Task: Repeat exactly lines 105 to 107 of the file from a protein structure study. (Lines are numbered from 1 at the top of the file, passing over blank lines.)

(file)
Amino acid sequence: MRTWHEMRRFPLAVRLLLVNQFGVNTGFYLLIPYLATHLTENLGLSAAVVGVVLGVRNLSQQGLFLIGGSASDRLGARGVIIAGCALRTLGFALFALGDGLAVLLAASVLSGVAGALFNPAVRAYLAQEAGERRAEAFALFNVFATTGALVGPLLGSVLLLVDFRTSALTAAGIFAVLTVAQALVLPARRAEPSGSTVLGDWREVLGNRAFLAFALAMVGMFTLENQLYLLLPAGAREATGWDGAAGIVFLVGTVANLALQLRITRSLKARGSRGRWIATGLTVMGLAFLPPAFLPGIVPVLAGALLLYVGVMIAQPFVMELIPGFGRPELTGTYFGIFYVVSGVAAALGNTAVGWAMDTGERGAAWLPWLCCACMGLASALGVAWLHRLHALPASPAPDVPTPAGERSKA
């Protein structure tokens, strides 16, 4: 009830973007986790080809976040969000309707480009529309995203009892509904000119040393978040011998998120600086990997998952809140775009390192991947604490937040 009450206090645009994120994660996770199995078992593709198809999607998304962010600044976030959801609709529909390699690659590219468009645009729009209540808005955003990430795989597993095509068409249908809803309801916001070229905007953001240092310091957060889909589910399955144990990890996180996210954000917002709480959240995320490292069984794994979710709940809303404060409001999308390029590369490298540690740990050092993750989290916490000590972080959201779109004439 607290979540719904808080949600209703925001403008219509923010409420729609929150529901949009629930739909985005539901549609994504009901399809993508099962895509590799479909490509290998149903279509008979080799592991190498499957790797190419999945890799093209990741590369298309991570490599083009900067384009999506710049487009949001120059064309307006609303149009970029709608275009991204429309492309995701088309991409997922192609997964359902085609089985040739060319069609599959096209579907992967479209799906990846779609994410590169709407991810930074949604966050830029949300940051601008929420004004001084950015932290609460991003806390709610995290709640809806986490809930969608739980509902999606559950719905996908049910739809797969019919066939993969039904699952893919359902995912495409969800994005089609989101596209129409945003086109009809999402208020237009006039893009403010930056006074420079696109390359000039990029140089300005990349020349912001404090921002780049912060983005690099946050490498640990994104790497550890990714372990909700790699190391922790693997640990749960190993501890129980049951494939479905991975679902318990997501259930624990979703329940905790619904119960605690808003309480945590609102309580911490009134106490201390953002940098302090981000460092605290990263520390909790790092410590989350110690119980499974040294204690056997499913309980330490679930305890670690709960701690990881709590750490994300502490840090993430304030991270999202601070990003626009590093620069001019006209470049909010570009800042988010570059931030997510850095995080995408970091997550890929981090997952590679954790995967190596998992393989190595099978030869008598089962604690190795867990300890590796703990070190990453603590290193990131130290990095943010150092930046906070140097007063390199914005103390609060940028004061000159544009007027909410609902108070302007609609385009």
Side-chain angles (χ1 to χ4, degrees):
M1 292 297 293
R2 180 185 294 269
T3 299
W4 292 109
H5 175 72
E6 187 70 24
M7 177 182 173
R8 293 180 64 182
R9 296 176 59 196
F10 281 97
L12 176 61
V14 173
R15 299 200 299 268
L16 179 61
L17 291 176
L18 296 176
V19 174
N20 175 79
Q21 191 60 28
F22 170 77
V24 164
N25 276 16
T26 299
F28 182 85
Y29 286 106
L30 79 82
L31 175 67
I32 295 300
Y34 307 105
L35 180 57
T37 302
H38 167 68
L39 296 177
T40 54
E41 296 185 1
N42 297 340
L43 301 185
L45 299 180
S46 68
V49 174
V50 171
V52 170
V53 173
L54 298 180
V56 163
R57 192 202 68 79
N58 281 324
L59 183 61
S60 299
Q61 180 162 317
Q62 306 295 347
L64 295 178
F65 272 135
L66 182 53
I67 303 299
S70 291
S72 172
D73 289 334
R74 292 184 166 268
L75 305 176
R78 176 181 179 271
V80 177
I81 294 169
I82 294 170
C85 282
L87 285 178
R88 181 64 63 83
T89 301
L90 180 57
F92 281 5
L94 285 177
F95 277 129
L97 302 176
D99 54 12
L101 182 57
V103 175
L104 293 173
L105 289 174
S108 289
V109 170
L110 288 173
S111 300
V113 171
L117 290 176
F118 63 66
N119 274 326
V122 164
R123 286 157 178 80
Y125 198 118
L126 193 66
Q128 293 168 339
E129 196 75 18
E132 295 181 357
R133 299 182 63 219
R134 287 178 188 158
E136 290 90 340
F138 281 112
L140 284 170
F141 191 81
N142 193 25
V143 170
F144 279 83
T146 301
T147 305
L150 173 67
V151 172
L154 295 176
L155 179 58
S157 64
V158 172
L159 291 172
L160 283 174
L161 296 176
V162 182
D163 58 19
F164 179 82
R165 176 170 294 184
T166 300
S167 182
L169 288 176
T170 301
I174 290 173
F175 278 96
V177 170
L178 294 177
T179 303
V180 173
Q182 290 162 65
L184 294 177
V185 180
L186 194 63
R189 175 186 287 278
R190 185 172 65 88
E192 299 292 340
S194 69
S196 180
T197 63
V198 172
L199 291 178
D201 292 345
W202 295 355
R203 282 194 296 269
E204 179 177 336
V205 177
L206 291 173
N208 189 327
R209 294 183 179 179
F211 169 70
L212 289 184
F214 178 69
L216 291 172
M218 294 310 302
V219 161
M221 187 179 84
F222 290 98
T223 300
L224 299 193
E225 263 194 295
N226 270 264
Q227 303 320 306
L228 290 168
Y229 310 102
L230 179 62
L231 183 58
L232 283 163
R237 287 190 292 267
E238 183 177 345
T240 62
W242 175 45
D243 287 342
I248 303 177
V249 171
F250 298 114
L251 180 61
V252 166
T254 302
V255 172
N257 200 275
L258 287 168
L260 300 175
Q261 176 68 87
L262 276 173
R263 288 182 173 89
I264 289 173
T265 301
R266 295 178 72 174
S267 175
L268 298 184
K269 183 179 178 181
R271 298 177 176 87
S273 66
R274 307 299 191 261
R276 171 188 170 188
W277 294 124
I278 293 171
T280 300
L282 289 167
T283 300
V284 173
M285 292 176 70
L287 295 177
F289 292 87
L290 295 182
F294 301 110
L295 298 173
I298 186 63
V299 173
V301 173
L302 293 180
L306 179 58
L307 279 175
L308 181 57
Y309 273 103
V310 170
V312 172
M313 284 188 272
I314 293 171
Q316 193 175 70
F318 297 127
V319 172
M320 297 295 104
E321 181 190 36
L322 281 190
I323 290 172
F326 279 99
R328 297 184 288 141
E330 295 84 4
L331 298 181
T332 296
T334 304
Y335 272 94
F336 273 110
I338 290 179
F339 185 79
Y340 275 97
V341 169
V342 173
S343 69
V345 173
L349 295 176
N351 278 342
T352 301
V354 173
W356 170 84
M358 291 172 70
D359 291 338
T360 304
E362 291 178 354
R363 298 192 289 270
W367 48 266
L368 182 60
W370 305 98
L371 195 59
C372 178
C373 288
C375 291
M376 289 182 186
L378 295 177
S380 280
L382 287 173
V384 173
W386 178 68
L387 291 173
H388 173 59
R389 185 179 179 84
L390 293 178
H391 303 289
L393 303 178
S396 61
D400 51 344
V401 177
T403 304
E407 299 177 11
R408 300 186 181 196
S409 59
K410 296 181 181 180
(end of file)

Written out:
F144 279 83
T146 301
T147 305